Newton's law of gravitation states that the forces of attraction (f) between two particles of matter is given by the formula f=mm'/(r**2), where m and m' are their respective masses, r the distance between their centers of gravity, and G is the gravitational constant, independent of the kind of matter or intervening medium. From the late eighteenth through nineteenth centuries, a large number of experiments were performed in order to determine G. These experiments were usually designed to determine the earth's attraction of masses and described as experiments to determine the mean density of the earth: if the earth is supposed spherical with radius R and g is the acceleration toward the earth due to gravity, then Newton's law becomes dG=3g/(4(pi)R), where d is the mean density (g/ccm) of the earth. Since g and R could be supposed known, determination of d could be viewed as equivalent to determination of G.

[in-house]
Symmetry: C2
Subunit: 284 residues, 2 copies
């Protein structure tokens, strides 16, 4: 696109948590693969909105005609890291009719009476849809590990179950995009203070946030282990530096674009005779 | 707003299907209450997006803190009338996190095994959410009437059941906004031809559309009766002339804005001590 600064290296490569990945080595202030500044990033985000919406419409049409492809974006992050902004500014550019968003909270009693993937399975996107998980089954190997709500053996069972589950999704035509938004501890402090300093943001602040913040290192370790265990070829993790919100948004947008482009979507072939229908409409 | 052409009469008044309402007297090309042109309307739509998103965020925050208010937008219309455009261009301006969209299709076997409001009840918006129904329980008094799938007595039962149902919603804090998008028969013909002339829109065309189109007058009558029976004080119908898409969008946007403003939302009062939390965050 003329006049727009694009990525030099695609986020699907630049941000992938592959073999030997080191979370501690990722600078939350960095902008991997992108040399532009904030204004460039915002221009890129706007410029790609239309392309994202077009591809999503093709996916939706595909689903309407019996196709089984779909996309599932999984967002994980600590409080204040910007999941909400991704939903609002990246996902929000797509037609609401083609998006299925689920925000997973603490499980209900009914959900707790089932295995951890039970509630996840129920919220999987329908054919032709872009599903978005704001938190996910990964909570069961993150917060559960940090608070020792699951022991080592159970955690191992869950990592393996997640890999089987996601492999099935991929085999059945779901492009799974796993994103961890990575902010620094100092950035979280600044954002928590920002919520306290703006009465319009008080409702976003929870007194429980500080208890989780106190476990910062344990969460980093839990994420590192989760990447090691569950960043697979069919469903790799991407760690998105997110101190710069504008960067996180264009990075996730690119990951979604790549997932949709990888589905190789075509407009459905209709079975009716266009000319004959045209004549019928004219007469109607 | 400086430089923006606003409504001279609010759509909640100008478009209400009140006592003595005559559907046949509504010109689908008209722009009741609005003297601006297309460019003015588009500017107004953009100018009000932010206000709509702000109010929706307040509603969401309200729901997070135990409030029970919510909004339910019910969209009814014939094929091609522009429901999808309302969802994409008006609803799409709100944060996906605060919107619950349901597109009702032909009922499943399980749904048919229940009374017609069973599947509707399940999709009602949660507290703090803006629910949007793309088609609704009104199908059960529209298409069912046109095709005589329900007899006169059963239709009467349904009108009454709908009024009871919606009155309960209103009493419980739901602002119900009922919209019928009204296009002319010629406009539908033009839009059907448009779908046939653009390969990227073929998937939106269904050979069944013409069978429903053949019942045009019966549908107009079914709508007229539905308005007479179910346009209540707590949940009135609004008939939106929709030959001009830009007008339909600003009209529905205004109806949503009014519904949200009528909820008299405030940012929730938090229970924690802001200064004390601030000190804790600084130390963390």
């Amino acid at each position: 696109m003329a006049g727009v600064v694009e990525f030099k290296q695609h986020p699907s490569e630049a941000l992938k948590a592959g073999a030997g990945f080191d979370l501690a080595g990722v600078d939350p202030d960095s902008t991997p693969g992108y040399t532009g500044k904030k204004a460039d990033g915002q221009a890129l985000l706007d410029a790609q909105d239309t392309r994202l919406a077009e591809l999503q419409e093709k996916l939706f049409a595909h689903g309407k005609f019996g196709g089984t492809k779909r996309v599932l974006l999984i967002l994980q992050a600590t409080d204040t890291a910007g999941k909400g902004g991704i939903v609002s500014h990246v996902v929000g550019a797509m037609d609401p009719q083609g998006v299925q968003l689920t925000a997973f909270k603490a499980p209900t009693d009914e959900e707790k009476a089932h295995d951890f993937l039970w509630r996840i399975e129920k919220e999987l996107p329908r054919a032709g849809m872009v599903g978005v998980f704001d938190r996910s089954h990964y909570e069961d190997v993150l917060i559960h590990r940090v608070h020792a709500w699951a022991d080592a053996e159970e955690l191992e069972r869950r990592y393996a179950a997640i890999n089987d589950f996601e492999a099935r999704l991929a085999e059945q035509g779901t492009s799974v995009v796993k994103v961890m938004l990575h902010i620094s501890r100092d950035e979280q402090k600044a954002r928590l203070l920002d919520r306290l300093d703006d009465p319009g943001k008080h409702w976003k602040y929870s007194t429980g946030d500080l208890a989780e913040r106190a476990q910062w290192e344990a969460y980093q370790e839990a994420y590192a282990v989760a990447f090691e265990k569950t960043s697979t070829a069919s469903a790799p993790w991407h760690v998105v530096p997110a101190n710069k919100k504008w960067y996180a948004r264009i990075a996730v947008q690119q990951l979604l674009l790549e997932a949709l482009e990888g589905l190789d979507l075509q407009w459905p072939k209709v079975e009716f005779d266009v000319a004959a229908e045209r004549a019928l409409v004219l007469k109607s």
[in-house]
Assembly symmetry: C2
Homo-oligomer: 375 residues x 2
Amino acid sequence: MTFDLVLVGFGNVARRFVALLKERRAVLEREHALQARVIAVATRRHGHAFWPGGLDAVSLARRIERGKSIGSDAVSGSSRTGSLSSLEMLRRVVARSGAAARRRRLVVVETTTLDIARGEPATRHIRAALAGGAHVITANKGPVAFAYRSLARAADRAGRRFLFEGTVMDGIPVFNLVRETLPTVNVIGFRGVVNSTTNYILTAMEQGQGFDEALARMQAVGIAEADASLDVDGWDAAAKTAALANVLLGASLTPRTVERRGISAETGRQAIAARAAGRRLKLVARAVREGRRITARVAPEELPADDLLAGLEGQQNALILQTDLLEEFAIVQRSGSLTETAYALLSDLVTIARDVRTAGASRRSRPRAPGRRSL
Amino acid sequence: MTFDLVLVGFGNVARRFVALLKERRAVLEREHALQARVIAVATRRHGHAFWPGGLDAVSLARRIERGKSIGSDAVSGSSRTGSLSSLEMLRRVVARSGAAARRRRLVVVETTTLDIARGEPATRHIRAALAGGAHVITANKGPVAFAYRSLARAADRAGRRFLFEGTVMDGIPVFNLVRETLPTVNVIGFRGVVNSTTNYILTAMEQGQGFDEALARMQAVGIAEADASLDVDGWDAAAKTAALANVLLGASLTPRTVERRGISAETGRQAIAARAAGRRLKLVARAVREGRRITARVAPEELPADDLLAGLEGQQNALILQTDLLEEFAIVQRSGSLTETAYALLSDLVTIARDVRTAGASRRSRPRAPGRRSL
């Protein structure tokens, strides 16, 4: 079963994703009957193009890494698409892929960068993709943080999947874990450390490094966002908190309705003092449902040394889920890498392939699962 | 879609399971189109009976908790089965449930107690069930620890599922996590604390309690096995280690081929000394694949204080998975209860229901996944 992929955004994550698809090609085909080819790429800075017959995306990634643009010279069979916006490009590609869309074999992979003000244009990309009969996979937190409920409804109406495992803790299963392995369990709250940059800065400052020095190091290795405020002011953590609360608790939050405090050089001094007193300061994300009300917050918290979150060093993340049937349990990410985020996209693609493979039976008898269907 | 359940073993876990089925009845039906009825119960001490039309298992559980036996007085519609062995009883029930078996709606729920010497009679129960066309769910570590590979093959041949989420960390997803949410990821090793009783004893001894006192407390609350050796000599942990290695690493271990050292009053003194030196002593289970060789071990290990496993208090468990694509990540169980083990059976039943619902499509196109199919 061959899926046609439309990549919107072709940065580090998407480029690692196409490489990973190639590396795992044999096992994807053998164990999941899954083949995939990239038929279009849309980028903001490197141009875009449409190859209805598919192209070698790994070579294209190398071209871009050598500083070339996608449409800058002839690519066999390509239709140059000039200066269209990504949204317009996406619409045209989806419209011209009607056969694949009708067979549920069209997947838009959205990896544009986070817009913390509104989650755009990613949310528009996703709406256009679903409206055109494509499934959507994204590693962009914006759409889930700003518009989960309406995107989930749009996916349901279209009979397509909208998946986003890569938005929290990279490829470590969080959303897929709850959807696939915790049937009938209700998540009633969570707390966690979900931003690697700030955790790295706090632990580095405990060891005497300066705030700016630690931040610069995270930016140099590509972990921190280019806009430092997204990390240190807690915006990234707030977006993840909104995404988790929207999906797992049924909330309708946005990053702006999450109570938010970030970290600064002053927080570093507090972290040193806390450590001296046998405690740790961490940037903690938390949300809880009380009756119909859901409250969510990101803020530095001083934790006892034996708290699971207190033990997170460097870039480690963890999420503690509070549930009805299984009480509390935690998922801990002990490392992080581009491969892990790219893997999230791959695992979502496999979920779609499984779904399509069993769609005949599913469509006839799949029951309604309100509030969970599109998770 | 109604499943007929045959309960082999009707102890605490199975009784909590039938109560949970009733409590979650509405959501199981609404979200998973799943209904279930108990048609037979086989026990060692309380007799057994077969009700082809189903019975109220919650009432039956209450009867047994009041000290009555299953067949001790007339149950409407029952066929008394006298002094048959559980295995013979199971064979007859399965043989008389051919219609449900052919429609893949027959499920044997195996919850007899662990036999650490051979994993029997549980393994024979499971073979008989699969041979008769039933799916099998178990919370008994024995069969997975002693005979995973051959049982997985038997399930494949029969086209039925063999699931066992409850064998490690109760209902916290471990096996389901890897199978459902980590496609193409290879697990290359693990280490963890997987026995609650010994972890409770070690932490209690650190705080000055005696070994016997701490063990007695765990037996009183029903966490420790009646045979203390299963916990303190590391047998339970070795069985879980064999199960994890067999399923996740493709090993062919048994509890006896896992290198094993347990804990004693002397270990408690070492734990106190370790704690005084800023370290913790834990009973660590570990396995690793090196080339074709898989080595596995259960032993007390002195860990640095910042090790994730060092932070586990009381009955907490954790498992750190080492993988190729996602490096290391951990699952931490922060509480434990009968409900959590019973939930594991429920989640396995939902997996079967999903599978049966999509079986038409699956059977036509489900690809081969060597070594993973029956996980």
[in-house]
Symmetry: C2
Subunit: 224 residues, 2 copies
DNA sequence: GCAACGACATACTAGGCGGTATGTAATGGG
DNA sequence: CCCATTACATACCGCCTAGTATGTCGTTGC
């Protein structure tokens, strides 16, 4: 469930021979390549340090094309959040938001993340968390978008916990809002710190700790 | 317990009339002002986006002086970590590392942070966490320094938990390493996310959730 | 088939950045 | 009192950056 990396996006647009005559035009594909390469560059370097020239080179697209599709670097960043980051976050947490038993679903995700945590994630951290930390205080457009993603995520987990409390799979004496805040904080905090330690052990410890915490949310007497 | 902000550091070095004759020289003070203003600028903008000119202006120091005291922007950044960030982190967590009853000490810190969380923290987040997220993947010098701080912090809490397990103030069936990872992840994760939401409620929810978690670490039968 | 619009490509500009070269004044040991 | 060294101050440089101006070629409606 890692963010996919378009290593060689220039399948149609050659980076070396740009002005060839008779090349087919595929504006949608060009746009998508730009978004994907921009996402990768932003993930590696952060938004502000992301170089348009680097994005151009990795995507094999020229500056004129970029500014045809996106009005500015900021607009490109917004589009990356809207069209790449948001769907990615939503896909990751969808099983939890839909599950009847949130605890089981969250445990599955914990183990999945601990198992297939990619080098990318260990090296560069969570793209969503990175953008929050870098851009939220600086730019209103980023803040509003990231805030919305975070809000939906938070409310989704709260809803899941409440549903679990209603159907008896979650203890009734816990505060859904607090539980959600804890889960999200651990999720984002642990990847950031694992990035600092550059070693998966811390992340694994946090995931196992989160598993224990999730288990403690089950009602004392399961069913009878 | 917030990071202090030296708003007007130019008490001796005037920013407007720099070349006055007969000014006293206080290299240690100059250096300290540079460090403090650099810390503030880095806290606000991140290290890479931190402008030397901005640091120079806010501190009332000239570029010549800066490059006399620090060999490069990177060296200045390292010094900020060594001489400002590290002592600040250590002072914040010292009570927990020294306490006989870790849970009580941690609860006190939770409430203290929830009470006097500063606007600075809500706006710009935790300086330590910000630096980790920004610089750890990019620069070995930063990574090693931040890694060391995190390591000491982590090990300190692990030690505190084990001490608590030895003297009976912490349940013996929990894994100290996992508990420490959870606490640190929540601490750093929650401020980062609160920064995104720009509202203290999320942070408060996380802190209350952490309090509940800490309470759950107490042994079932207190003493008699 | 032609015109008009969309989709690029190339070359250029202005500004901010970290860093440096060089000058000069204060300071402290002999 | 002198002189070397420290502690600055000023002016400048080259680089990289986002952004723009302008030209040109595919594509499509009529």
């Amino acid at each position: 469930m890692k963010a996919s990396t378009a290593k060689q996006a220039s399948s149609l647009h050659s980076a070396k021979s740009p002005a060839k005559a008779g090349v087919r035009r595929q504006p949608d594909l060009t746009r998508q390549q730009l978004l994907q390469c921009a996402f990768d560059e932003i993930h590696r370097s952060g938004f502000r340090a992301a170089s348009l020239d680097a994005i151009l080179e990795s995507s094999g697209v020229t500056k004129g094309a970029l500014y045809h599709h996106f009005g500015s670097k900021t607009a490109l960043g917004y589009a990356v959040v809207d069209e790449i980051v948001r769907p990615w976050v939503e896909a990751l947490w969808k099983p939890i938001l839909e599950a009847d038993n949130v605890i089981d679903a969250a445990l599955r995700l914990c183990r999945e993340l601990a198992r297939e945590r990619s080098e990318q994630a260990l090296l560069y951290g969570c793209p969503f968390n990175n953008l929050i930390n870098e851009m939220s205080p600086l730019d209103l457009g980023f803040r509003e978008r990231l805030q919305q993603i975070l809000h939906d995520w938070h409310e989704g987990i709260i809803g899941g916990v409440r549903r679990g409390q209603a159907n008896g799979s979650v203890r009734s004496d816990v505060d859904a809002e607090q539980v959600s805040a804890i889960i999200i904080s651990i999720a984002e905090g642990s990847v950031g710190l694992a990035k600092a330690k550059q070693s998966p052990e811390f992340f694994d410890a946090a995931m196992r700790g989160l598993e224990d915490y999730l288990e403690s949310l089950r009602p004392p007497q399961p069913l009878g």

Of all these early experiments, that of Cavendish, performed in 1798 using a torsion balance devised by Michell, is generally considered the best. The completeness of his description of his experiments and the excellence of his methods are often described as an ideal example of scientific experimentation. Cavendish concluded his memoir by presenting 29 determinations of the mean density of the earth. After the 6th of these determinations, Cavendish changed his experimental apparatus by replacing a suspension wire by one that was stiffer. Another interesting feature of the data is that Cavendish calculated the sample mean incorrectly: somehow he used 5.88 instead of 4.88 for the 3rd value. This was first noticed by Baily in 1843 but overlooked by Laplace's analysis of the data in 1820. The "true value" of d is 5.517 (1977 Encyclopedia Britannica).
The data and above description were taken from Stigler (1977, The Annals of Statistics, p. 1055-1098) who obtained it from The Laws of Gravitation edited by A. S. Mackenzie.
A numeric vector with 29 values.